Cannabis is ubiquitous in sub-Saharan Africa, with a long history interwoven with numerous groups’ cultural practices, and increasingly a valuable economic commodity. Despite this, little is known of these roles, the predominant source of knowledge about the substance and its various uses being drawn from police and state sources. As a result, there is a lack of understanding about how cannabis is used and perceived – beyond its status as an ‘illegal drug’ – and what roles it plays in the lives of people in sub-Saharan Africa.
The proposed research project will develop a deeper, more nuanced understanding of cannabis in Africa, focusing not only on its ‘traditional’ uses, but on its contemporary growth as an economic cash crop and source of livelihoods, in a global context where drug policy is in flux. To do this, the project focuses attention on four interrelated areas, all of which draw on newly gathered empirical data in 3 chosen sites: South-Western Nigeria, Western Kenya; South Africa’s Eastern Cape.
1) An historical account serves as the foundation of the project, exploring the roles that cannabis has played in Africa’s history, both in terms of governance and in the daily livelihoods of many of the continent’s people. Drawing on fresh archival research and oral histories, the project aims to highlight the long history that cannabis has had and the lessons that can be drawn for current debates and perceptions of the substance. These debates and perceptions, it should be noted, are shifting in many countries in Africa today.
2) Understand the contemporary socioeconomic roles of cannabis, its uses, the practices associated with it, and indeed, the meaning it holds for farmers, traders and consumers. This area of the project will explicitly explore cannabis’ links to rural and urban livelihoods and so-called ‘development’ by drawing on evidence gathered through interviews and small scale surveys, which will be collected in 3 case study sites across the continent. The study will, for instance, gather the unheard voices of cannabis farmers who live in the remote Transkei area of South Africa or Nigeria’s Cocoa Belt.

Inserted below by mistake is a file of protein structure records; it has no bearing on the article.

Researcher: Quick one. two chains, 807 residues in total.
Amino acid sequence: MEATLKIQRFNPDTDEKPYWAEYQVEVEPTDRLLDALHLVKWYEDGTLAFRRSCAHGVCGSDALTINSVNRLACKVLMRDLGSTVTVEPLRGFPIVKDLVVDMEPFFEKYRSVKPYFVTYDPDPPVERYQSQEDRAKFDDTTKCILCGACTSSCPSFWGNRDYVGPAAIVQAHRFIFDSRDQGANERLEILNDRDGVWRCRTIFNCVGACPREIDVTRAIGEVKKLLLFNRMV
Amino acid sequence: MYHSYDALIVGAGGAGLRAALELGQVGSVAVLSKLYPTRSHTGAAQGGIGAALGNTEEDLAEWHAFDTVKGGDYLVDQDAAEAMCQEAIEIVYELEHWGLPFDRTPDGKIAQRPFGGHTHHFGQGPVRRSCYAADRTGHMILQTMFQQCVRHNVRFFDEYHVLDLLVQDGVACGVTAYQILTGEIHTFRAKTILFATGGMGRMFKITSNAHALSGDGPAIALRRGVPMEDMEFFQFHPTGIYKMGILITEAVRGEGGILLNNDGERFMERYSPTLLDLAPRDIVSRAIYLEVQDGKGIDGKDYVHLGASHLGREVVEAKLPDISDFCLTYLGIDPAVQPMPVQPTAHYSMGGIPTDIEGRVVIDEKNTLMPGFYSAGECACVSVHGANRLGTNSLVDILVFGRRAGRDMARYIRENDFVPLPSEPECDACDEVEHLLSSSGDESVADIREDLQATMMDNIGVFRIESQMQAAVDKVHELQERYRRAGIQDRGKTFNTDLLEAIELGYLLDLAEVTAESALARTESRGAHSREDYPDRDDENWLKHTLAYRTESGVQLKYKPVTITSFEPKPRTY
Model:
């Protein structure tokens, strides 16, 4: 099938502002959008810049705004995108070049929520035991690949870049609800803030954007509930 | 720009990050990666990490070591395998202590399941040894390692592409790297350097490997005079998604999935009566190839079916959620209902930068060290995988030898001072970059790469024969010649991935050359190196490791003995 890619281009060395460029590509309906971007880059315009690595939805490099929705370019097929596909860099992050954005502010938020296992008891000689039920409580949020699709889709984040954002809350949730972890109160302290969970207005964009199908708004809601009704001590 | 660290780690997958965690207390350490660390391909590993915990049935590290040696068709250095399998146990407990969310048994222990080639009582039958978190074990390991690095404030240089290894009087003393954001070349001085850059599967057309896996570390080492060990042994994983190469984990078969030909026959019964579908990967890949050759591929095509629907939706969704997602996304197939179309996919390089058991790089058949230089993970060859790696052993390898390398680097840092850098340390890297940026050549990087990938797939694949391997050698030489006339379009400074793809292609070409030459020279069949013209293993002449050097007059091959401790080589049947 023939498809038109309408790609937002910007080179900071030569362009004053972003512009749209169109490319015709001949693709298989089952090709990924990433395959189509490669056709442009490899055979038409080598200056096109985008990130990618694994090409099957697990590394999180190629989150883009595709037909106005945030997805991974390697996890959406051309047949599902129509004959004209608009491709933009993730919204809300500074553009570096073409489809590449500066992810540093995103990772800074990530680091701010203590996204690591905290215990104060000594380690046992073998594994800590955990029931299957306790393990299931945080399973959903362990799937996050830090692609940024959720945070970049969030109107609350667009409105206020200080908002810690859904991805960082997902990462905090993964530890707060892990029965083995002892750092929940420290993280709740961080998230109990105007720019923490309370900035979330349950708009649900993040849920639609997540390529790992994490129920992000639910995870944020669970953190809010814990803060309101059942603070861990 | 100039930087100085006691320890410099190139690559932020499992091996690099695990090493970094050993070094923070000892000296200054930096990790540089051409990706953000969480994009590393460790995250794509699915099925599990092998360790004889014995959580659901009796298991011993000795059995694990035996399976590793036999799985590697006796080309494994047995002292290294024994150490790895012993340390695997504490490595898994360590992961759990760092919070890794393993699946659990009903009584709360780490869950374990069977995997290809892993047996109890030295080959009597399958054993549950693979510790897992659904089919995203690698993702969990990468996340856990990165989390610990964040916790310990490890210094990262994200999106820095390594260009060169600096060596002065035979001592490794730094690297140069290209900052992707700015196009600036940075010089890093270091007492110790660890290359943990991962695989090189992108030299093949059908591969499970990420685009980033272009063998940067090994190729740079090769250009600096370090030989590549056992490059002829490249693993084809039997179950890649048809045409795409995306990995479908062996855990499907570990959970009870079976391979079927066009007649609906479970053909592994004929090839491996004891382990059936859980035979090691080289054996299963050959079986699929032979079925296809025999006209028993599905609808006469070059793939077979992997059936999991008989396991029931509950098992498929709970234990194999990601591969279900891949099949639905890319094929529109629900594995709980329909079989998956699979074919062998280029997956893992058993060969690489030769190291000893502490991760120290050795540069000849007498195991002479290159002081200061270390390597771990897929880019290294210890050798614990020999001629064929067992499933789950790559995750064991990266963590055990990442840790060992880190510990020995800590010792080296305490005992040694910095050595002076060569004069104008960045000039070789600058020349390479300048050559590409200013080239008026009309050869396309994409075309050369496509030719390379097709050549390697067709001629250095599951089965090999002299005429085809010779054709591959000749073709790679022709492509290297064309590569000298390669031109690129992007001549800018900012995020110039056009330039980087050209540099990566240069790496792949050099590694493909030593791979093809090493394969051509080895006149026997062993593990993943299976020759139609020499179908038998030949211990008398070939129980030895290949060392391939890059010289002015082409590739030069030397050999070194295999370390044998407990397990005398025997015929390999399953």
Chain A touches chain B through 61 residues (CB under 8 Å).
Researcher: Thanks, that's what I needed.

3) The cultures of consumption that exist around the substance. While the existing literature has hinted at these, they remain largely unexplored despite varying greatly between, for instance, the urban and rural contexts of the continent. This part not only draws on the data of the above two, but also explores a wider corpus of cultural practices, discourses and products, such as music and fiction, in order to shed light on the meanings that cannabis has taken on, aside from being an ‘illegal drug’ over time.
4) The role of drug policy. Focusing on the impact that regulatory environments have on the production, distribution and use of cannabis. It will reveal how regulation and prohibition has impacted on the lives of people and their ability to enact their economic and cultural practices. Providing a deeper understanding of the relationship between cannabis and policy towards it, probing the history of cannabis policy, with the aim of understanding and developing more effective and more just governance strategies today.
With its focus on cannabis and its illicit economies and cultures of consumption, the project will illuminate a substance of critical importance for the continent, filling a vast lacuna in our knowledge of drugs in Africa, and will tackle a key case-study of drugs and development, one made all the more important given the liberalisation of cannabis policies.